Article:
Ali v Brinks Security Services Limited (Cause 420 of 2017)  KEELRC 481 (KLR) (23 February 2023) (Judgment)
Neutral citation:  KEELRC 481 (KLR)
Republic of Kenya
Cause 420 of 2017
AK Nzei, J
February 23, 2023
Said Omar Ali
Brinks Security Services Limited
1.Vide a Memorandum of Claim dated 19th May 2017, the Claimant sued the Respondent herein and pleaded that he was, in July 2013, employed by the Respondent as a security guard, earning a monthly salary of ksh. 10,000. It was the Claimant’s further pleading that he worked diligently and well but on 31st December 2016, he was unlawfully dismissed from employment by the Respondent.
2.The Claimant set out his claim against the Respondent as follows:-a.one month salary in lieu of notice ……………….ksh. 10,000b.salary for December 2016…………………………...ksh. 10,000c.unpaid leave for 3 years……………………..………ksh. 30,000d.service pay for 3 years worked @15 days salary for every year worked …………………………………………..…ksh. 15,000e.compensation for unfair termination…………..ksh. 120,000Total ksh. 185,000f.costs of the suit and interest.
3.On 15th February 2018, the Respondent filed Response to the Claimant’s claim and counter-claim, denying the Claimant’s, claim and counter-claiming a sum of ksh. 14,442 from the Claimant, being:-a.One month pay in lieu of notice.......ksh10,000b.Lost/unrefunded items ........ksh. 4,442Total ksh. 14,442
4.The Respondent further pleaded:-a.that the Claimant was employed by the Respondent from 1st August 2013 and his last salary was ksh. 10,000.b.that the Claimant absconded from his duties without notice on 15th December 2015, to an extend that he had to be replaced to avoid a situation that there would be a breach of security at his station.c.that the Claimant was not unfairly dismissed from work, but left employment wilfully, and of his own choice, and owes the Respondent one month salary in lieu of notice.d.that the claim for December 2016 salary was misplaced, the Claimant having left employment a year earlier.e.that the Claimant had exhausted his leave days for the two years that he had worked for the Respondent, and was not entitled to service pay as he was a member of/contributor to NSSF.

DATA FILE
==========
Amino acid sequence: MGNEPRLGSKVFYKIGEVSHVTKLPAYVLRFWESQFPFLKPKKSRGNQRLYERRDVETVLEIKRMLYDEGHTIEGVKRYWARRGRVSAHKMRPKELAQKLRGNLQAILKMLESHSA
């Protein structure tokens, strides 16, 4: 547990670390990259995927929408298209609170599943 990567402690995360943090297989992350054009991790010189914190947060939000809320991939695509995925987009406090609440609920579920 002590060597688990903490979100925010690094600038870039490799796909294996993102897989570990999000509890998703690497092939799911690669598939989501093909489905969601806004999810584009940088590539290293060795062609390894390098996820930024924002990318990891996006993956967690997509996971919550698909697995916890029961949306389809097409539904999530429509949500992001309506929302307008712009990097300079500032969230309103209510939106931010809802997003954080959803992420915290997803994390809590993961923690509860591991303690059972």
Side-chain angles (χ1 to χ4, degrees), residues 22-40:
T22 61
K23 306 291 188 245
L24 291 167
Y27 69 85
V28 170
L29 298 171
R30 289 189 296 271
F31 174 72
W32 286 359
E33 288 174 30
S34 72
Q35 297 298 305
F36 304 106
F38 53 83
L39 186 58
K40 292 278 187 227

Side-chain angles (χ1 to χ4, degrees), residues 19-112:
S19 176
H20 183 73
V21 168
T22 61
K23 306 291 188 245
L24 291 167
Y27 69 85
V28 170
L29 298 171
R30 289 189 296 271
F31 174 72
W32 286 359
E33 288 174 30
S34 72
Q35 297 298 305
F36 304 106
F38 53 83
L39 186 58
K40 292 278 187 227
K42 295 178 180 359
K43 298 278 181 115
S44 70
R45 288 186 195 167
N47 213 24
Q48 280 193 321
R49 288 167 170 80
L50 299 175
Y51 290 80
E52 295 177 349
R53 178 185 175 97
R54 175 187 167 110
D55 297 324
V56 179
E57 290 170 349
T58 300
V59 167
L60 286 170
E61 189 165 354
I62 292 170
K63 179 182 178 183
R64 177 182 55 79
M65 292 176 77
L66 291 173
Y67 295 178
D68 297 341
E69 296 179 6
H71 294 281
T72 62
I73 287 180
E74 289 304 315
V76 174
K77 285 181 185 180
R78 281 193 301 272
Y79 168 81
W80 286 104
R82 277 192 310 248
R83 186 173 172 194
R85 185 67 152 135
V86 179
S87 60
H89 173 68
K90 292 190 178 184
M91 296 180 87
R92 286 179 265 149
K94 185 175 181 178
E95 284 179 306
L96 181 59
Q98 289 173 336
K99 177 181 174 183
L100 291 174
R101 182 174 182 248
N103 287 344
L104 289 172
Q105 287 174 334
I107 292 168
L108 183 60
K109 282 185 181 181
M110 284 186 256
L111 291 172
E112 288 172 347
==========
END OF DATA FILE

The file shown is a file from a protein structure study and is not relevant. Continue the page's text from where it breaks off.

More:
5.The Respondent further pleaded that the Claimant owed the Respondent company property supplied to him at the beginning of employment being uniform, a baton, a whistle, a torch, a cap, boots, a belt and a lanyard whose cost was ksh.4,422; which items were returnable upon termination of employment, but which the Claimant did not return, hence the counter-claim.
6.The Claimant is not shown to have filed any defence to the Respondent’s counter-claim.
7.When trial opened on 10th May 2022, the Claimant adopted his filed witness statement dated 19th May 2017 as his testimony. He also produced in evidence two documents listed on his list of documents filed 22nd May 2017. The two documents are demand letters dated 16th January 2017 and 14th March 2017 respectively.
8.The Claimant further testified that his employment was terminated on allegation that his supervisor by the name Mwema, found him in an area outside his work station. It was the Claimant’s testimony that he had gone to answer a call of nature when his supervisor passed by, took away his job baton (rungu) and send someone to tell the Claimant to go to the Respondent’s office, and that at the office, the Claimant was told to return his uniforms, which he did.